Edward Slingerland (University of British Columbia)
June 2-5, 2015
600 Renwen Building
Renmin University of China
2 p.m. – 5 p.m.
Tuesday, June 2
Moral Spontaneity, Trust and the Paradox of Virtue
Many early Chinese thinkers had as their spiritual ideal the state of wu-wei, or effortless action. By advocating spontaneity as an explicit moral and religious goal, they inevitably involved themselves in the paradox of wu-wei—the problem of how one can try not to try—which later became one of the central tensions in East Asian religious thought. In this talk, I will look at the paradox from both an early Chinese and a contemporary perspective, drawing upon work in social psychology, cognitive neuroscience, and evolutionary theory to argue that this paradox is a real one, and is moreover intimately tied up with problems surrounding cooperation in large-scale societies and concerns about moral hypocrisy.
Wednesday, June 3
The Moral Mind: Metaphor and Meaning in Early China
Western scholarship on early Chinese thought has been dominated by two attitudes toward the role of metaphor in early Chinese thought. One has been to ignore the foundational role of metaphor and analogy in early Chinese texts, seeing metaphor-based arguments as reducible to propositional—and therefore properly philosophical—statements. Another has been to see metaphor and analogy as uniquely Chinese modes of apprehending the world. According to this view, Western philosophy since the time of ancient Greece has been literal, analytic, logical and dualistic; Chinese thought, in contrast, is portrayed as “holistic,” uniquely image-based, and therefore not properly “philosophical.” In this talk I argue that both of these views of the role of metaphor in early China are mistaken, and have in fact served to distort our view of early Chinese thinkers. Although metaphor and analogy do indeed play a foundational, irreducible role in early Chinese philosophical rhetoric, this dependence of image-schematic concepts is by no means a unique feature of “the East.” Drawing on a large body of empirical work from a variety of fields in the cognitive sciences, I will attempt to demonstrate that all human cognition is heavily dependent on imagistic conceptual structures and cross-domain projections. What is unusual about early Chinese thought was the conscious attention that thinkers devoted to developing vivid and consistent sets of interlocking metaphors and metaphorical blends, which makes metaphor and blend analysis a particularly crucial tool when approaching these texts. I will conclude by reviewing an encouraging recent trend in the study of Chinese thought where, explicitly or not, scholars from a variety of backgrounds have begun to take metaphor more seriously as a foundational bearer of philosophical meaning in early China.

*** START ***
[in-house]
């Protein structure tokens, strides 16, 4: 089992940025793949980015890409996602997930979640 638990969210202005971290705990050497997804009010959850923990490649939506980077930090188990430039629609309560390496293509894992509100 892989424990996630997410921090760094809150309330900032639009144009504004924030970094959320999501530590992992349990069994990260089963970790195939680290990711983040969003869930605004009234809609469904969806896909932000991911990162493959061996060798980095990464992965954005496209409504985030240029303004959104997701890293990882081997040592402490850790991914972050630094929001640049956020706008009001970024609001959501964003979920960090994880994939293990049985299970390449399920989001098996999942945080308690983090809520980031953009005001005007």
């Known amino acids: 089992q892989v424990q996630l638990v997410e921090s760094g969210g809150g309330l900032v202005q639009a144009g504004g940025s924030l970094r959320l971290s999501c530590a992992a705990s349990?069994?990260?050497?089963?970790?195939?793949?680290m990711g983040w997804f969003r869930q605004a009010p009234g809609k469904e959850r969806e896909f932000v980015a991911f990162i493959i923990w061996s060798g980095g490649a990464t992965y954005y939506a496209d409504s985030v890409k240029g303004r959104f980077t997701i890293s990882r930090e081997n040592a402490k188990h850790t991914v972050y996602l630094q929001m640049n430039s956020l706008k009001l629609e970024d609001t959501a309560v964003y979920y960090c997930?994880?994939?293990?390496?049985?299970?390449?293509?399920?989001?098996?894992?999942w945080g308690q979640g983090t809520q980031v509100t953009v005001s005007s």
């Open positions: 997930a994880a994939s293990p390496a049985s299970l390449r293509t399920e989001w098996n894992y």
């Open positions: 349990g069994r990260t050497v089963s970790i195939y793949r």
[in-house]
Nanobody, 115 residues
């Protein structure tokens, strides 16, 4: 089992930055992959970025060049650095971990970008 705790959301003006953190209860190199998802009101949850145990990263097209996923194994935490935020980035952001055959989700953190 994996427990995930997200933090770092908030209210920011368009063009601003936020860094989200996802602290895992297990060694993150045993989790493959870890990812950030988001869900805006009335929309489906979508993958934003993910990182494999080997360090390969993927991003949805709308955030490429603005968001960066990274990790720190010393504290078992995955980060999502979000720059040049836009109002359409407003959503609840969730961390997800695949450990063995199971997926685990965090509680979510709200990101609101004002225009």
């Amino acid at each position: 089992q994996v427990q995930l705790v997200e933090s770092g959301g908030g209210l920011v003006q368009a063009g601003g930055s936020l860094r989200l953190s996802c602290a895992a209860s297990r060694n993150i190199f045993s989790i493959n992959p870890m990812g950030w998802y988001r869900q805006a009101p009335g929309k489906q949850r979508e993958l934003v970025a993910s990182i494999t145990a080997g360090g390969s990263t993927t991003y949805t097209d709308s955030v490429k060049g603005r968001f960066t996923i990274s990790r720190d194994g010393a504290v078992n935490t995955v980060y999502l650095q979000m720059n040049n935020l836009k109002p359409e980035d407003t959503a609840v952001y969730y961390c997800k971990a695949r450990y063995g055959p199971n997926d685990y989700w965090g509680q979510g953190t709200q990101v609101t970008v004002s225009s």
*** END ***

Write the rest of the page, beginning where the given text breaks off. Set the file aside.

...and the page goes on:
Thursday, June 4
Confucian Moral Psychology and Cognitive Science
In this talk I will argue that recent work in cognitive science and social psychology suggests that the sort of “cognitive control” that plays a central role in modern deontology and utilitarianism is actually a very weak foundation upon which to build an ethical education system. Human rationality is, in fact, not particular dependable in day-to-day situations, which means that a style of ethics that focuses on habits and automatic emotions, rather than reasoning styles, might be expected to do a better job of getting people to reliably act in an ethical manner. I will argue that the early Confucian emphasis on moral spontaneity, moral emotions, and the inculcation of virtuous habits is based upon a much more empirically defensible model of human cognition, portraying early Confucian virtue ethics as involving a kind of “time-delayed cognitive control.” Virtue ethics involves a system of ethical training that acknowledges (explicitly or not) the limitations of individual, in-the-moment cognitive control, and therefore designs a system of training regimes and ethical guidelines—themselves the products of cognitive control—which are to be internalized and automatized. Virtue ethics might this be seen as a clever way of getting around the limits of human cognitive control abilities, embedding higher-level desires and goals in lower-level emotional and sensory-motor systems.
Friday, June 5
Confucian Virtue Ethics and the Situationist Critique
Virtue ethics has recently been mooted as a potentially more psychologically realistic, and therefore empirically plausible, model of ethics than the currently-dominant deontological and consequentialist models. Its claim to psychological plausibility, however, has been challenged by the situationist critique, which argues that the very notion of character traits or virtues is empirically indefensible. This talk will review evidence suggesting that strong versions of the situationist critique of virtue ethics are empirically and conceptually unfounded, and will further argue that, even if one accepts that the predictive power of character may be limited, this is not a fatal problem for early Confucian virtue ethics. Early Confucianism has explicit strategies for strengthening and expanding character traits over time, as well as for managing a variety of situational forces. The talk concludes by suggesting that Confucian virtue ethics represents a more empirically responsible model of ethics than those currently dominant in Western philosophy.